|JAMES, T. - DUKE UNIV
|KUES, U. - GEORG-AUGUST UNIV.
|VILGALYS, R - DUKE UNIV.
Submitted to: Fungal Genetics and Biology
Publication Type: Peer Reviewed Journal
Publication Acceptance Date: 11/18/2003
Publication Date: N/A
Interpretive Summary: Mating in mushroom fungi is controlled by specific genes that evolve very rapidly. The rapid rate of evolutionary change in these sequences makes the process of isolating and studying mating genes in different species extremely difficult. This study demonstrates that the mating genes are located near a more slowly evolving gene, called mitochondrial intermediate peptidase (MIP), that is more easily detected than mating genes. A method is described that uses the physical proximity of MIP as a strategy for isolating the mating genes. This information will be used by scientists studying the biology of mushrooms and related fungi.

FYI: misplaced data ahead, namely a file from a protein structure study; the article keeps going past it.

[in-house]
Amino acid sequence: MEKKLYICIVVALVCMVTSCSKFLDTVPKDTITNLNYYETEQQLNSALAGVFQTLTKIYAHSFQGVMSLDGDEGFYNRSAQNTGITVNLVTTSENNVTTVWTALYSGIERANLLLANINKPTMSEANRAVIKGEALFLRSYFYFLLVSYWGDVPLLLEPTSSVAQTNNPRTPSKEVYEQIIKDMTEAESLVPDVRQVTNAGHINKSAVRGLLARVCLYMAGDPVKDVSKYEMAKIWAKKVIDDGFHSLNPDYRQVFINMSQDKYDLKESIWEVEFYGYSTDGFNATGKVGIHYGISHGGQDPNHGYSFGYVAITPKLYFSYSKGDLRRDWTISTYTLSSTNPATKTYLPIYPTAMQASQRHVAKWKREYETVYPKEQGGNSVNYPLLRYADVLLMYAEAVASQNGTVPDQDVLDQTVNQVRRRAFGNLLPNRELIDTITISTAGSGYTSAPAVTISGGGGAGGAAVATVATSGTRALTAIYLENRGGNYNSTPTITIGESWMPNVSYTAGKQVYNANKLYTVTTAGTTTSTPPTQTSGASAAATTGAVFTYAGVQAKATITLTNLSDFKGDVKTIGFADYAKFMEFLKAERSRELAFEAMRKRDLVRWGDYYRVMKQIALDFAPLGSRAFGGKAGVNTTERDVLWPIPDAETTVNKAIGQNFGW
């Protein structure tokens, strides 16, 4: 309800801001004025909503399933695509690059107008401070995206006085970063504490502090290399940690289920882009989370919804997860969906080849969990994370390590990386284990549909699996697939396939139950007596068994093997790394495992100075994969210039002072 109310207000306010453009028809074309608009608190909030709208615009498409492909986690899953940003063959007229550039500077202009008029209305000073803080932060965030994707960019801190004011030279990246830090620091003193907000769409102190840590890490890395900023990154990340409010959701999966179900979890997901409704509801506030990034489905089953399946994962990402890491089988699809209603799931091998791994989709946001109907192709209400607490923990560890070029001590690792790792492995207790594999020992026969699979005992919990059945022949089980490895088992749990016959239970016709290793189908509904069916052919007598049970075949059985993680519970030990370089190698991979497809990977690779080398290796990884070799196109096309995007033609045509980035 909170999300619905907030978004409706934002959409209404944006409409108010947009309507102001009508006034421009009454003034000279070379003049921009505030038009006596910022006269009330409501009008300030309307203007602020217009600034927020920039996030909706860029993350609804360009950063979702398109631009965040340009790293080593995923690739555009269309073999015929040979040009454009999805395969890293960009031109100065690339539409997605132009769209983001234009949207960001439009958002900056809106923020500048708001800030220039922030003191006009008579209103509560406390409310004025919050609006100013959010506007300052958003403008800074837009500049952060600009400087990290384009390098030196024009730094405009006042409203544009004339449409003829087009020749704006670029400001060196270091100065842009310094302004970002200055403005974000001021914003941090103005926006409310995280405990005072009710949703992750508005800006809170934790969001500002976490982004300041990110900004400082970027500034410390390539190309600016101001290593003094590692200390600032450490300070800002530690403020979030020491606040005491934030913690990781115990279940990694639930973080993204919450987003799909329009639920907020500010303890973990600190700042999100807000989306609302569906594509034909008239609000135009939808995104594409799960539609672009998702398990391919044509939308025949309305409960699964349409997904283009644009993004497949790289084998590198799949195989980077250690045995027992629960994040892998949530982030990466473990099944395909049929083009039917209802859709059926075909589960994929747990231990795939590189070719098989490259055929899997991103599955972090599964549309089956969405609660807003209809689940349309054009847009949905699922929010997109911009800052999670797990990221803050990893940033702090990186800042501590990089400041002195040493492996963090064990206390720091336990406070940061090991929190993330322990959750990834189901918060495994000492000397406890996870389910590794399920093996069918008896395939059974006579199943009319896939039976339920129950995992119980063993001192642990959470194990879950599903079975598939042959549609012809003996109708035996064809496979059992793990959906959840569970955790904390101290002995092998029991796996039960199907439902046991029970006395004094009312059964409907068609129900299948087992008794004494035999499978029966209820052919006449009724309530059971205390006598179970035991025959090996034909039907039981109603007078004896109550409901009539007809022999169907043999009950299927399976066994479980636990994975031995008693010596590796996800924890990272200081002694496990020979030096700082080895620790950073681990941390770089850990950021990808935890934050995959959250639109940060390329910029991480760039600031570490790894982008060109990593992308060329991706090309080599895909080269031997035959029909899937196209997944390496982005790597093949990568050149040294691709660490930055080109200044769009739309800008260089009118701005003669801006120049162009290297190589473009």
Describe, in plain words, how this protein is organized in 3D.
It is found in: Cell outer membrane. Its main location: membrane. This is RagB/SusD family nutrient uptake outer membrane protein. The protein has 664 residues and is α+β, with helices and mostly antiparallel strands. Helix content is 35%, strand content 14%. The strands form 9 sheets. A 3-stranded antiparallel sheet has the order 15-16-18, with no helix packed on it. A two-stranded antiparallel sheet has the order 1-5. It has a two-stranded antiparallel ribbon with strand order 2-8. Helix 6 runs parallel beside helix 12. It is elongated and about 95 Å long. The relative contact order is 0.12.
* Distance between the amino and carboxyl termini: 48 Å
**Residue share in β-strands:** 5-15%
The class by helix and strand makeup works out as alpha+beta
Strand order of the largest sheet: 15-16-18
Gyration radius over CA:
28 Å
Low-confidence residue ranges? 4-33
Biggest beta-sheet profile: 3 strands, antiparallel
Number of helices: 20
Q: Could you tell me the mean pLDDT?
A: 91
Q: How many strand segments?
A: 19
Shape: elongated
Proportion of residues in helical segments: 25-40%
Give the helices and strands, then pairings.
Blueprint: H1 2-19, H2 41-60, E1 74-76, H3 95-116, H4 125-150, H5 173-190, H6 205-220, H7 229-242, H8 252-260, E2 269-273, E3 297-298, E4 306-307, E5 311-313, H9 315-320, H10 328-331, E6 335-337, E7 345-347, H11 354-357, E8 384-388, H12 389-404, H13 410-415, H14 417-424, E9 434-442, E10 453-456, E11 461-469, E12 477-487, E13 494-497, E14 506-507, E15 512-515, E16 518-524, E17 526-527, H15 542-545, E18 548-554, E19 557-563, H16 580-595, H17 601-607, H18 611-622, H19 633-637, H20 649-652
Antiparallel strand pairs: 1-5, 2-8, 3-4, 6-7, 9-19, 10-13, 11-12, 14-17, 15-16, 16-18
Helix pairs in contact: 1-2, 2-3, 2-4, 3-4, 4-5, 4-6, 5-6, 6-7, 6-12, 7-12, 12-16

Technical Abstract: The high level of DNA polymorphism at the mating-type loci of mushroom fungi has made the cloning of mating-type genes difficult. As an alternative to strategies that employ sequence conservation to cloning, an approach utilizing conserved gene order could facilitate the cloning of A mating-type genes from mushroom fungi. It has been shown that a gene encoding a mitochondrial intermediate peptidase (MIP) is very close (<1 kbp) to the A mating-type locus of two model mushroom species. In this study, the cosegregation of MIP and the A mating-type locus was studied by genotyping progeny of seven additional mushroom species using degenerate PCR and genetic crosses. No evidence of any recombination between MIP and the A mating-type locus was detected among all seven species. Phylogenetic analysis of MIP sequences from diverse mushroom species agrees with the current organismal phylogeny, suggesting the sequences are generally orthologous.